Student Summit (1)  Student Summit (2)

FORT MYERS, Fla. (Feb. 23, 2016) – Mariam Riveron, Cleef Joseph and Latham Johnson, students from three different Southwest Florida high schools, were surprised to learn they face the same challenges despite the miles separating them.

The students share similar obstacles to attaining a post-secondary education and dilemmas about choosing school activities and sports or finding a part-time job to help their families.

Mariam, Cleef and Latham were among the 27 students from 16 Southwest Florida high schools attending the 2016 FutureMakers Regional Student Summit at Hodges University in Fort Myers. They openly discussed their thoughts about challenges they confront at school, at home and in their communities, and the changes they can make to improve their opportunities for post-secondary education and successful careers.

As members of the Student Leadership Team, the students were given the opportunity to have a voice in shaping the future of Southwest Florida and helping the FutureMakers Coalition understand the struggles of students throughout the five-county region. Students were also invited to join the Coalition and its Regional Action Teams.

“We don’t know what your life is like,” Sarah Owen, president and CEO of the Southwest Florida Community Foundation, told them in opening the Feb. 12 summit. “We want to get into your brains. You’re speaking for all students in Southwest Florida.”

The Community Foundation is the anchor organization for the FutureMakers Coalition, which is dedicated to increasing the number of Southwest Florida residents with college degrees and post-secondary certifications from 27 to 40 percent by 2025. The summit was designed to engage and involve students as context experts by understanding their educational and career aspirations, and challenges from their perspective.

Students also revealed their goals for 2025 in a video booth.

The cross-county, cross-school district meeting of the minds was an educational process for the students as well. They learned about successful programs at other schools and discovered they’re not alone with their current and future concerns.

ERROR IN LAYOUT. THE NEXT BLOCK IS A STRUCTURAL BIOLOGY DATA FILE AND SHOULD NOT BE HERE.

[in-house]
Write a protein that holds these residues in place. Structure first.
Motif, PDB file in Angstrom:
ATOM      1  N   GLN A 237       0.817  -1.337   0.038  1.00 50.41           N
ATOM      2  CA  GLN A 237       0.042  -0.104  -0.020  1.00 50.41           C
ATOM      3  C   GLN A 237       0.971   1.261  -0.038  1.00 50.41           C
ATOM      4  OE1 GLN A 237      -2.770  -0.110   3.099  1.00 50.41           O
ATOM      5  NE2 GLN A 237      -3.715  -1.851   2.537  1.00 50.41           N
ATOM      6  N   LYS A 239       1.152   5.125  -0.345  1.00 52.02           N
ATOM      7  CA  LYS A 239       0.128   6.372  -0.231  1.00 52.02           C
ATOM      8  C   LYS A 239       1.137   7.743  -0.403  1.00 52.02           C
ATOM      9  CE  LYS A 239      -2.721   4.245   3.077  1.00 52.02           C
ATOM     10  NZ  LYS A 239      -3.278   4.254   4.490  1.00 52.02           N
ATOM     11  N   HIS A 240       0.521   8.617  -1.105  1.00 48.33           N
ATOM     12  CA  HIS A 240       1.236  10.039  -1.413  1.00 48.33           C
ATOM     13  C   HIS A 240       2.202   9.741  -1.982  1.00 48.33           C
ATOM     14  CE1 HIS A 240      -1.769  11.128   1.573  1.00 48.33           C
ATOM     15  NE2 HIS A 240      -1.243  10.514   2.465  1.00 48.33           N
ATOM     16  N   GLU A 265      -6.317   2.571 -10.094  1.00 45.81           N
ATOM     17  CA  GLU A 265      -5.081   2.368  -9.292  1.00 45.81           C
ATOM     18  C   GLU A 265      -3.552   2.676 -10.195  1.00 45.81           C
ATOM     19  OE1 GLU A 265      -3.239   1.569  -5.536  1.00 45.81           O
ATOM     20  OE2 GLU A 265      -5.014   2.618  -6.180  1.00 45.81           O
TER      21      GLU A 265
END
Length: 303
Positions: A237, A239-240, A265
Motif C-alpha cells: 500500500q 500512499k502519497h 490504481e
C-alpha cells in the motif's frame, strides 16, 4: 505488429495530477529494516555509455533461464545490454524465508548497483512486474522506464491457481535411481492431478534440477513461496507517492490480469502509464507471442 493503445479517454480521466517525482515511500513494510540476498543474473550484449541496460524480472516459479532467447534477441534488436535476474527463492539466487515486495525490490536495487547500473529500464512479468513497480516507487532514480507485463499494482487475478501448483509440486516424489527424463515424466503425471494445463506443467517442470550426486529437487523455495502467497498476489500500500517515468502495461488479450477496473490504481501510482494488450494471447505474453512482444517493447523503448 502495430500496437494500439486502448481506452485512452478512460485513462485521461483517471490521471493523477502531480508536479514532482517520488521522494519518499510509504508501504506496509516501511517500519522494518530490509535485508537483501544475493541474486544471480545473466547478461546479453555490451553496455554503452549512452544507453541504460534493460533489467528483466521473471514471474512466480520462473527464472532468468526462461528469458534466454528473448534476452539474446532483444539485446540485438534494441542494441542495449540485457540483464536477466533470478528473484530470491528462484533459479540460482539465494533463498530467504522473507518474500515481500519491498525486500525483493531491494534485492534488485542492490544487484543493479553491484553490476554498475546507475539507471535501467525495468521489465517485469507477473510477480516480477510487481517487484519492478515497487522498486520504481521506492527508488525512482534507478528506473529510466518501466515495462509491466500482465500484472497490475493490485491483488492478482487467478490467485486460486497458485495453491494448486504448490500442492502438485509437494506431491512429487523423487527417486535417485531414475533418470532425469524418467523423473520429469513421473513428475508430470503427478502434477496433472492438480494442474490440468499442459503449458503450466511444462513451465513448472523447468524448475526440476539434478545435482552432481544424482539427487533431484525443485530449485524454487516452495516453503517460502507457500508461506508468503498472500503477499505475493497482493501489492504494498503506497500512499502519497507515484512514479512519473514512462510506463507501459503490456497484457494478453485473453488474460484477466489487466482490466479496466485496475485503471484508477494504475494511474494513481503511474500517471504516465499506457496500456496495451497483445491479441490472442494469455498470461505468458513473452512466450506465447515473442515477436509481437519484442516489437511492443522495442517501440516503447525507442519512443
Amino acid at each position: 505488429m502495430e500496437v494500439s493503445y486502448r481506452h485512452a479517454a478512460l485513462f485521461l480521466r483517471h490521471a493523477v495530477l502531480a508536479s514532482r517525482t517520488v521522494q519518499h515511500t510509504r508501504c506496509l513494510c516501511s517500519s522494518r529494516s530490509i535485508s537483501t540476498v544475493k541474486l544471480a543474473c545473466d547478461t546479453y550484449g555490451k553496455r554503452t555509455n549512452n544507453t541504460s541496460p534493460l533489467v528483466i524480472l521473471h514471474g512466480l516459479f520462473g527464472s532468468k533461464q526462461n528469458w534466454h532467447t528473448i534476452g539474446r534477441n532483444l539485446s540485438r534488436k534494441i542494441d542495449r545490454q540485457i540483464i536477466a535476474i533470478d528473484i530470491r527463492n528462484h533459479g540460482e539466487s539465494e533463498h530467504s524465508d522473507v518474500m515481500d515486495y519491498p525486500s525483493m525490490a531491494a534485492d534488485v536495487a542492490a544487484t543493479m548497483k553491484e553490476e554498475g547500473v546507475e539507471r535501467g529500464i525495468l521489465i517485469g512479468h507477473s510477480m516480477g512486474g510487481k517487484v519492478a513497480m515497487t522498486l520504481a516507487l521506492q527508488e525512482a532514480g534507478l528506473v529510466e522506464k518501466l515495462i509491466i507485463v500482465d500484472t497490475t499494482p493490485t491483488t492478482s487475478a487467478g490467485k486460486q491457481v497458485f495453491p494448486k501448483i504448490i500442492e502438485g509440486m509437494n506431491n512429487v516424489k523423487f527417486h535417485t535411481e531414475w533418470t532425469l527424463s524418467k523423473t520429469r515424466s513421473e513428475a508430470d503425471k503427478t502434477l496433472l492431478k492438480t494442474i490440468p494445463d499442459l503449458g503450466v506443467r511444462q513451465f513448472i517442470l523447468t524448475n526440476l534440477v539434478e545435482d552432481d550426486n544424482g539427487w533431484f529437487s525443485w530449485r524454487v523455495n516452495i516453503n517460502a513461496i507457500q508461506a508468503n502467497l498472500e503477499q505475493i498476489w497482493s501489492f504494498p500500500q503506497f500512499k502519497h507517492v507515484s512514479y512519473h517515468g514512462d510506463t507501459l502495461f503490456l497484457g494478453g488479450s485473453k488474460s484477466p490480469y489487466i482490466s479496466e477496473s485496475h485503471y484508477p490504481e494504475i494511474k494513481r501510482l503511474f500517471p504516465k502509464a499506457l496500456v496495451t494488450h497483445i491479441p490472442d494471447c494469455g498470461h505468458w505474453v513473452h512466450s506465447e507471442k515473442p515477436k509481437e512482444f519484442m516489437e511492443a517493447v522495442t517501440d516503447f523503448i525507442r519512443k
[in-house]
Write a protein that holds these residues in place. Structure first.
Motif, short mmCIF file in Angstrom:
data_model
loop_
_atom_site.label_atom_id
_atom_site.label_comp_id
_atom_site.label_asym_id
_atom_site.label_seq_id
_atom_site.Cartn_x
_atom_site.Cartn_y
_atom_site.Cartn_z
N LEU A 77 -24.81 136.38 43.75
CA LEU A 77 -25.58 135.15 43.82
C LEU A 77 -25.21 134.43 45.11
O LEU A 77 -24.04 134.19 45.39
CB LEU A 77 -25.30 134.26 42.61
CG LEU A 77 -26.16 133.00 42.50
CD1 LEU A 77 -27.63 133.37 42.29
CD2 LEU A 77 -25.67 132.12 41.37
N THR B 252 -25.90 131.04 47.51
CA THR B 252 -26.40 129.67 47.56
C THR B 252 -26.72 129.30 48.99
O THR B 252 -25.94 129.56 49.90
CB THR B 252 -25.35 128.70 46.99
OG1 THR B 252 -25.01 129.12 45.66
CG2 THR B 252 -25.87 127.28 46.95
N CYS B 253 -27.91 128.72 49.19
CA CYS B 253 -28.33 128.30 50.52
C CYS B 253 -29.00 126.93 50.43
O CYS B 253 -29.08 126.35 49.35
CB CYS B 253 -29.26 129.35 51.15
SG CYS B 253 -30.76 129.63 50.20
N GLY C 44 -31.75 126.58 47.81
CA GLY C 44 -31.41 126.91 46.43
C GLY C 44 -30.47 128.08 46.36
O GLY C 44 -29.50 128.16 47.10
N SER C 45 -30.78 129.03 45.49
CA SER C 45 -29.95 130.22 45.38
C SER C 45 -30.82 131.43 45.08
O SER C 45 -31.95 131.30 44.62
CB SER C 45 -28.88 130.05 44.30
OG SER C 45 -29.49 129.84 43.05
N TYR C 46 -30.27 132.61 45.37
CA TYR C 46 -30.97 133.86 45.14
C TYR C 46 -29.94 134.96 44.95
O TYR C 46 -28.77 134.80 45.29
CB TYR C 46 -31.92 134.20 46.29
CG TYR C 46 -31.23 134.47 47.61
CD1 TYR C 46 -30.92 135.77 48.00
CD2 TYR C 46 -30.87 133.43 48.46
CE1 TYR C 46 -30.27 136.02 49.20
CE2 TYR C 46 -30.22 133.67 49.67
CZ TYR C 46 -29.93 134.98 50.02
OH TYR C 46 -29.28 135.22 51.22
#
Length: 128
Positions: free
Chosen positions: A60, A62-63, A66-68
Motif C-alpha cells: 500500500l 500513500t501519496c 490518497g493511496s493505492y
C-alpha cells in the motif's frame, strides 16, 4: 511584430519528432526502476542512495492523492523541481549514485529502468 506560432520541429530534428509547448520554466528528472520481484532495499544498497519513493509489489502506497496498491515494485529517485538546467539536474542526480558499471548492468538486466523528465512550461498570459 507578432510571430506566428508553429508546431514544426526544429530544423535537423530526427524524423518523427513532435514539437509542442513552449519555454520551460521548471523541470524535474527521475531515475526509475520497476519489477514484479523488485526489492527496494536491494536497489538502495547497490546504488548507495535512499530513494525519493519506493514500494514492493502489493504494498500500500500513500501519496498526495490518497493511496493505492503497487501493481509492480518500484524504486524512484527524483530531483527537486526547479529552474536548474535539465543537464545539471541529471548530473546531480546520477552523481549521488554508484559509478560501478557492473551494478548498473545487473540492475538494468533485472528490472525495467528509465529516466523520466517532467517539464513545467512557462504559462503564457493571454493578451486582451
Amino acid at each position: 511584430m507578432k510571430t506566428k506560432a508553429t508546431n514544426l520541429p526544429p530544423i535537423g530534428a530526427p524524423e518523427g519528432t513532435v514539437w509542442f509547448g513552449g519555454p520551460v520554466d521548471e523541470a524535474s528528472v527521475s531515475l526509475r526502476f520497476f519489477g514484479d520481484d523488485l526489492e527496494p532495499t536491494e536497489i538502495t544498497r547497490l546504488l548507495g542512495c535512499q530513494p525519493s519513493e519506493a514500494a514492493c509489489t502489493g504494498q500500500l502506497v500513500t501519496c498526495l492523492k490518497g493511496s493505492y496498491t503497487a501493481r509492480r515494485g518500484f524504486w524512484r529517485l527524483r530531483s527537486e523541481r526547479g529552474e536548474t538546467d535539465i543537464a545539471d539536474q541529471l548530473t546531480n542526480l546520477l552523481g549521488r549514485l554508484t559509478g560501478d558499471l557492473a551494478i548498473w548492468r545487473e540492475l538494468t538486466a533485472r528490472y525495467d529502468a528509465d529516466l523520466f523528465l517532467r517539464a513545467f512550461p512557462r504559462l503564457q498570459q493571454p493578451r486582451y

Help Board

Help Board

Change Board

Change Board

The teenagers participated in three sessions, responding with emoticon stickers and Post-It notes to poster questions delving into their perceptions of their communities and neighborhoods, commenting on obstacles and also offering suggestions for success. Artists Doug MacGregor and Steve Turner sketched students’ responses to facilitated conversations about challenges and changes.

“It’s important to hear from the students about their challenges but also to have them discuss solutions,” said Cindy Banyai, an evaluation and research consultant for the Community Foundation. “They had great ideas and were very passionate about addressing these obstacles. Each group coalesced, building upon the suggestions and input from their peers.”

Students candidly discussed their concerns about financing a college education. They also talked about the reality of leaving home and being independent, of growing up, and the need for guidance in filling out college applications and managing finances.

“We need direction,” said Dunbar High’s Latham Johnson. “I feel we’ve been given the tools, but we’re not doing what we need to do. I feel like I should be doing more.”

“At school we don’t really talk a lot about getting ready for college,” said Francisca St. Germain from Cape Coral. “I only have two years and don’t know how to get ready. I don’t know what to do.”

Maintaining motivation, overcoming peer pressure by aligning with positive classmates, an overemphasis on Florida Comprehension Assessment Test scores and teaching to the FCAT were among the common themes students discussed.

“A test doesn’t define who we are or what we can do,” one student noted. “Someone might fail the FCAT but be able to do the job better.”

Rachel Valdes-Moya

Rachel Valdes-Moya

Rachel Valdes-Moya, a student at Clewiston High School and aspiring journalist, said the school’s “power hour” has been a step toward change. The classroom time is an opportunity to build a positive peer network, study, work with guidance counselors and prepare for SATs.